|Harvested all peas except for this batch - these come out in about two weeks - getting bed ready for next planting of peas, with carrots in front for the fall crop|
|Harvested snow peas (Oregon sugar pod) and garden peas (Alderman) - a quick dip in near boiling water, then an ice bath, and then off to the freezer|
|Garden Peas - I freeze these on cookie sheets and then pack in freezer bags when they are frozen - that way I can shake out what I want and not have them frozen in a big clump.|
|Snow peas get frozen individually too, then put in a freezer bag, so I can grab a handful and throw into a stir fry when I need them.|
|Picked the main crop of currants - about 3 quarts - still a few on the shrub to pick this week|
|I've been drying all the currants for scones later this winter...|
|spinning herbs in salad spinner before drying removes excess water|
|Stack in drying trays - I ended up with 8 trays in this batch!|
|What to do with leftover sage that wouldn't fit into the dryer? Finely chop - along with some rosemary...|
|Throw herbs into a bread dough - I had some milk going sour that I needed to use up anyway. don't ask for a recipe - I make up bread as I go using what is in the fridge or needs to be used up in the garden.|
|Let rise till double...|
|Form into a loaf|
|Let rise till double, then bake in a hot oven till done...|
|And last, leftover sage got smashed with butter to be tossed with pasta at a later meal|
Meanwhile, out in the garden, the Borage is doing it's job of drawing bees in from everywhere to pollinate the tomatoes...
The tomatoes keep trying to get out of control and I keep working at pinching off the suckers and tying them up.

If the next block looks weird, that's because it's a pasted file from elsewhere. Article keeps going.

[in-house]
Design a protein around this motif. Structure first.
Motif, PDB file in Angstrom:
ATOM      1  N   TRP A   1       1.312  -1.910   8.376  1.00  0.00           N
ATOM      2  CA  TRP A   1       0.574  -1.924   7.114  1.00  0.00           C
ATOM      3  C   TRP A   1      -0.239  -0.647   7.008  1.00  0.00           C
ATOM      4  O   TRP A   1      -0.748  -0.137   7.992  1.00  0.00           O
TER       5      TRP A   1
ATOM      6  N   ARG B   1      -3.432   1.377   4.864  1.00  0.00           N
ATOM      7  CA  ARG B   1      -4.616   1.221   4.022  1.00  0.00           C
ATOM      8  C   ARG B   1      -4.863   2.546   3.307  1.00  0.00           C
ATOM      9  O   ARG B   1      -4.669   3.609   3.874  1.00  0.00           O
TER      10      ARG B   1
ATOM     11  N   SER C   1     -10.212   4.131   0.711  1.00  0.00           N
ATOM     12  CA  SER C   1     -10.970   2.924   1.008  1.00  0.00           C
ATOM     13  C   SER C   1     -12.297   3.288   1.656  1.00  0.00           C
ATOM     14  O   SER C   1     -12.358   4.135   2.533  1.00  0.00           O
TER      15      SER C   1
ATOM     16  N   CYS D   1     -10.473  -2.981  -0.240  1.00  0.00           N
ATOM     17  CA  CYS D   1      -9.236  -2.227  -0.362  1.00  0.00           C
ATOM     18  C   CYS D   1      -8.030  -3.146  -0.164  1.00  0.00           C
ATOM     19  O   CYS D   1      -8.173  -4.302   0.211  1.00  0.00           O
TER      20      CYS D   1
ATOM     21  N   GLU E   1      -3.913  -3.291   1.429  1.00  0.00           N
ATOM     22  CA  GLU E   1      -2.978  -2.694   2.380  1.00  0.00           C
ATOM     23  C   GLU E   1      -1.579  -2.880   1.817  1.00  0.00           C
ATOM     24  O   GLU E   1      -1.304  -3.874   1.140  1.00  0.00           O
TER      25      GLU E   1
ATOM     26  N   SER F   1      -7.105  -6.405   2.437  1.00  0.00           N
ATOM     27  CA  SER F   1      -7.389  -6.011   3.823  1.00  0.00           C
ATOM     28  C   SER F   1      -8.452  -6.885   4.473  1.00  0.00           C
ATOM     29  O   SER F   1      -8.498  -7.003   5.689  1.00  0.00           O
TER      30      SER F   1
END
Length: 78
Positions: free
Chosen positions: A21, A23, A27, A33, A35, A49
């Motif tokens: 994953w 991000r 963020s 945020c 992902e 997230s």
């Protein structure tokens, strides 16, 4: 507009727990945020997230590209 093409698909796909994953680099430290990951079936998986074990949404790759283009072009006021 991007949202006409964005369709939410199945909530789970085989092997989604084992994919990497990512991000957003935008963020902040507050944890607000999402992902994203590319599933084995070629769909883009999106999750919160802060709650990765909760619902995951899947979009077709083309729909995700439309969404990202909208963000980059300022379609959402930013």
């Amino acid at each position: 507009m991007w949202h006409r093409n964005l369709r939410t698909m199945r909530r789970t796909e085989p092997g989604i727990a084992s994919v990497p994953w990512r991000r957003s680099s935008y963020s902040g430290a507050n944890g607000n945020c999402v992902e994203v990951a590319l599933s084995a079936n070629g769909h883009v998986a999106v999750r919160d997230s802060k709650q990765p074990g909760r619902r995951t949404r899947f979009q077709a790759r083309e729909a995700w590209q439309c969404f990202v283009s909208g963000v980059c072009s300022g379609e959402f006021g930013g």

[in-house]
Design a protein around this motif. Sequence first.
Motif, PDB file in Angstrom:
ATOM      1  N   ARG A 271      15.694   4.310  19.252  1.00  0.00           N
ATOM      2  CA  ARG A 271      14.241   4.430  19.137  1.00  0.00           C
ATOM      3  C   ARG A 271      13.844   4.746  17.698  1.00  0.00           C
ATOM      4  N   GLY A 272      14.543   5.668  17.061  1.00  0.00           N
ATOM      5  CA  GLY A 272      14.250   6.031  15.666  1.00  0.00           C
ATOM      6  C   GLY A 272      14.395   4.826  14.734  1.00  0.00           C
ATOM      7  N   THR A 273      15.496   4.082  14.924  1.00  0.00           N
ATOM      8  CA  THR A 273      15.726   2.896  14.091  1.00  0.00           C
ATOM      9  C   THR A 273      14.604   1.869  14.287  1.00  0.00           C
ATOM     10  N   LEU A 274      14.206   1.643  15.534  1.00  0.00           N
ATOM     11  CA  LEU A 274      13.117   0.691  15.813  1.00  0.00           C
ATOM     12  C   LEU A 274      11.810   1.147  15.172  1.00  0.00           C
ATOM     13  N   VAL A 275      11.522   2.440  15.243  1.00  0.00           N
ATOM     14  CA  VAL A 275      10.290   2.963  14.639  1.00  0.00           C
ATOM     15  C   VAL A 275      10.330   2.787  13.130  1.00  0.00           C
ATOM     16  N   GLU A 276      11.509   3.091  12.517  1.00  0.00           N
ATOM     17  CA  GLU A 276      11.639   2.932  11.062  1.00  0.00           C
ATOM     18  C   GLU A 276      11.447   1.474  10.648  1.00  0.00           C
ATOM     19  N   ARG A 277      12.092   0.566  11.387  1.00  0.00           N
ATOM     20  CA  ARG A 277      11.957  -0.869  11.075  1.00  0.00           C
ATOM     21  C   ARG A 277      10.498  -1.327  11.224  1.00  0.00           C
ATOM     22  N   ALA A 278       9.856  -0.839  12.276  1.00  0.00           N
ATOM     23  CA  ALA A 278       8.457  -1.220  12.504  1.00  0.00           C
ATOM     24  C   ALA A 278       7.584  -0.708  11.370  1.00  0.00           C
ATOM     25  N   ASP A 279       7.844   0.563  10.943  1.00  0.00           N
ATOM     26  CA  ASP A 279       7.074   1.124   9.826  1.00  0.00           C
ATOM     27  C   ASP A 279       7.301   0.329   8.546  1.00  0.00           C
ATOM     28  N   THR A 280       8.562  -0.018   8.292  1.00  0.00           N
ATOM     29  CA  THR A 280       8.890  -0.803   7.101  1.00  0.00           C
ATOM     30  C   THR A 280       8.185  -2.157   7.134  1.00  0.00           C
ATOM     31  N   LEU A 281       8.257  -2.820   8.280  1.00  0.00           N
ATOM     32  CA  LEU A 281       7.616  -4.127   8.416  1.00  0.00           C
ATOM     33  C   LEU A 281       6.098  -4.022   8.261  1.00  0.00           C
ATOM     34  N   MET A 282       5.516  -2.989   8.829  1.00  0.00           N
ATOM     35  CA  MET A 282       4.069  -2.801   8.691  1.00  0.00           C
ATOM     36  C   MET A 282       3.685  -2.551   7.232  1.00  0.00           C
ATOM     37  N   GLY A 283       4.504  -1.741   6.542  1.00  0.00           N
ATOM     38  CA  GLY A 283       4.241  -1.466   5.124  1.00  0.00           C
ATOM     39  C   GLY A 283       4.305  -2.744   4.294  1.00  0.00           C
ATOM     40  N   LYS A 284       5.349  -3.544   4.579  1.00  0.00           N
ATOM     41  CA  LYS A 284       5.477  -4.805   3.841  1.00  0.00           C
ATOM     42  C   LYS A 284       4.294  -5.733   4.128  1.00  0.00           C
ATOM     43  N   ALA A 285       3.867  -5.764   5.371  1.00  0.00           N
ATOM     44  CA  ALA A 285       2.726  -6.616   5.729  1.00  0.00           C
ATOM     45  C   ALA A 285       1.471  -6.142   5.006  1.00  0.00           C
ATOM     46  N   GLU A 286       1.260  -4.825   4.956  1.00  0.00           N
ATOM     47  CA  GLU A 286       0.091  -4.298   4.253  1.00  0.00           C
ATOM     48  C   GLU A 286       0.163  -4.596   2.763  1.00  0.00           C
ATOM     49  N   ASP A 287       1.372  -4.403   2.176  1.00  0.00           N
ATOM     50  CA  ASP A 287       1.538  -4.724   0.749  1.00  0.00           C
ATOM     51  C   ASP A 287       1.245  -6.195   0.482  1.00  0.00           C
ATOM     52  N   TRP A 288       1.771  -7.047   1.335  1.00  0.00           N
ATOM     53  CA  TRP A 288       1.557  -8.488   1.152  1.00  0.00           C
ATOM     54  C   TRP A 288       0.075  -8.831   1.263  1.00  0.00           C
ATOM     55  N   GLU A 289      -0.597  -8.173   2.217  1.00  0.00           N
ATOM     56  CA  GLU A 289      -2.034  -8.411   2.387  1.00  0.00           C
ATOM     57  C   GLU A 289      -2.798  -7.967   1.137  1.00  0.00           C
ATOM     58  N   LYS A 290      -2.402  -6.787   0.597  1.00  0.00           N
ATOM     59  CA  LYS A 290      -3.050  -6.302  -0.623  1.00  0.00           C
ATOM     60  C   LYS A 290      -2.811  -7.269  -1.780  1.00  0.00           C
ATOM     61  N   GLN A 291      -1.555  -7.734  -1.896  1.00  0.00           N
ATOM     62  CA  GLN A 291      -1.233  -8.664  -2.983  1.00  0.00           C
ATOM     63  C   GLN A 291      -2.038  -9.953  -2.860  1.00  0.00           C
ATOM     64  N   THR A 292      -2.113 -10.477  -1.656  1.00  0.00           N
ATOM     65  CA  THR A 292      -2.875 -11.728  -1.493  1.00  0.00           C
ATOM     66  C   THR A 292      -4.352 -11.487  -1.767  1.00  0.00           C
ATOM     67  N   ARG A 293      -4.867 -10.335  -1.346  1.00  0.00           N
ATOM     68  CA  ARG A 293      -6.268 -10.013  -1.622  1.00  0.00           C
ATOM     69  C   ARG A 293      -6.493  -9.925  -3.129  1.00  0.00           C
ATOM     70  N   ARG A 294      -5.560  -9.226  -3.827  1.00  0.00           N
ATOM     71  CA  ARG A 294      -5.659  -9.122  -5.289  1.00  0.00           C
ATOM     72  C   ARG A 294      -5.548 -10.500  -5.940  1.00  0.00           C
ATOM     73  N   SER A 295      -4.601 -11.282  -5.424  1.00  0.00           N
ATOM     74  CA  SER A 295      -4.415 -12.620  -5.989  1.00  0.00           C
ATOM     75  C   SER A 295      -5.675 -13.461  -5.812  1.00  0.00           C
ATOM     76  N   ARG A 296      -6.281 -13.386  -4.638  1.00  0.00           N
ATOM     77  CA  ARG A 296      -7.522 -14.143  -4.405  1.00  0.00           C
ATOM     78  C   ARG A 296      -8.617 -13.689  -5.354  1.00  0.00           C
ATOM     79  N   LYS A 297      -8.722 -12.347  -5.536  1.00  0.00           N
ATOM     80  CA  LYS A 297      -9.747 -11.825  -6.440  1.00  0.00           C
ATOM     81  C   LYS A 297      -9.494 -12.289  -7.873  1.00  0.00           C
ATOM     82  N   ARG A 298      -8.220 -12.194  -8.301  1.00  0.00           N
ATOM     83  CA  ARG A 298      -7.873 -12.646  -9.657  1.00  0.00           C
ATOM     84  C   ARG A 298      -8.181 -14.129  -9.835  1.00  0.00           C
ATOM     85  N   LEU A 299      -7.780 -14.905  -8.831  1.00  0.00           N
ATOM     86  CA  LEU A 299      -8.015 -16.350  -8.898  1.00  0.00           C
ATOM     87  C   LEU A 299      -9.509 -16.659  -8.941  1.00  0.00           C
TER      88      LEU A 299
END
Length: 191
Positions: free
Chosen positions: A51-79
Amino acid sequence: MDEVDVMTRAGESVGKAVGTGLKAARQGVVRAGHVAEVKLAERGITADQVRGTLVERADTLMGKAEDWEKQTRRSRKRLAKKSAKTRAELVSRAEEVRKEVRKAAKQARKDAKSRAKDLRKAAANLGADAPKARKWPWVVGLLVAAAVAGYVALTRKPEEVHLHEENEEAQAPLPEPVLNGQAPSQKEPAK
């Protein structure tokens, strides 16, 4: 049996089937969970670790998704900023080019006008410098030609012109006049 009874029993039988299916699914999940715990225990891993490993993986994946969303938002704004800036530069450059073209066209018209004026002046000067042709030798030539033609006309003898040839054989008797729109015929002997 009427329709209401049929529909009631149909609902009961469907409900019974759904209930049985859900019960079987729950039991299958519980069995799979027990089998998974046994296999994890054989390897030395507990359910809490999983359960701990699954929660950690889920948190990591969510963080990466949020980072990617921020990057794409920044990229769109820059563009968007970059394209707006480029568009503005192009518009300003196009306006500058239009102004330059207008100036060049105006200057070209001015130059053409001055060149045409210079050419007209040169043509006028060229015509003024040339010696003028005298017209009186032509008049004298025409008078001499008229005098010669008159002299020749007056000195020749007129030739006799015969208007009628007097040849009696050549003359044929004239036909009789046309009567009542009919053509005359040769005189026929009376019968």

Raspberry picking is at it's height - picked 2 pints Sunday - in the stores they are selling for $5 a pint, so that is a lot of savings. We pick about a pint almost every other day. And that doesn't count the ones my granddaughter stuffs in her mouth every time she comes out into the garden.
Marionberries are ripening fast. I only planted about three canes, but they have taken over this section of the bed. My first picking was about two pounds. I am freezing them for pie and cobbler later this fall.
This picture doesn't do this area credit - the intensity of blooms, the buzzing of the bees - this is just a very happy place.
There are parts of my garden that I am not proud of. The area around the compost bin is one of them. We ran out of room in the compost drum during the rainy cold spring - nothing wanted to compost down. So my son-in-law piled everything into a big pile back by the plum tree. I spent one weekend taking everything out of the drums, sifting it, putting uncomposted material back in the drums, adding blood meal and some water, and got back on the composting schedule.
My granddaughter was unhappy that grandma was using gloves to sift the compost, and she didn't have any. So we had to take a trip to my favorite Salem nursery, 13th Street. (http://www.13thstreetnursery.com) Not only did she find gloves that were almost her size, but a new watering can. She also picked out some more ground cover for our path we are building, and some more flowers for the side of the grape arbor - she is a very determined gardener.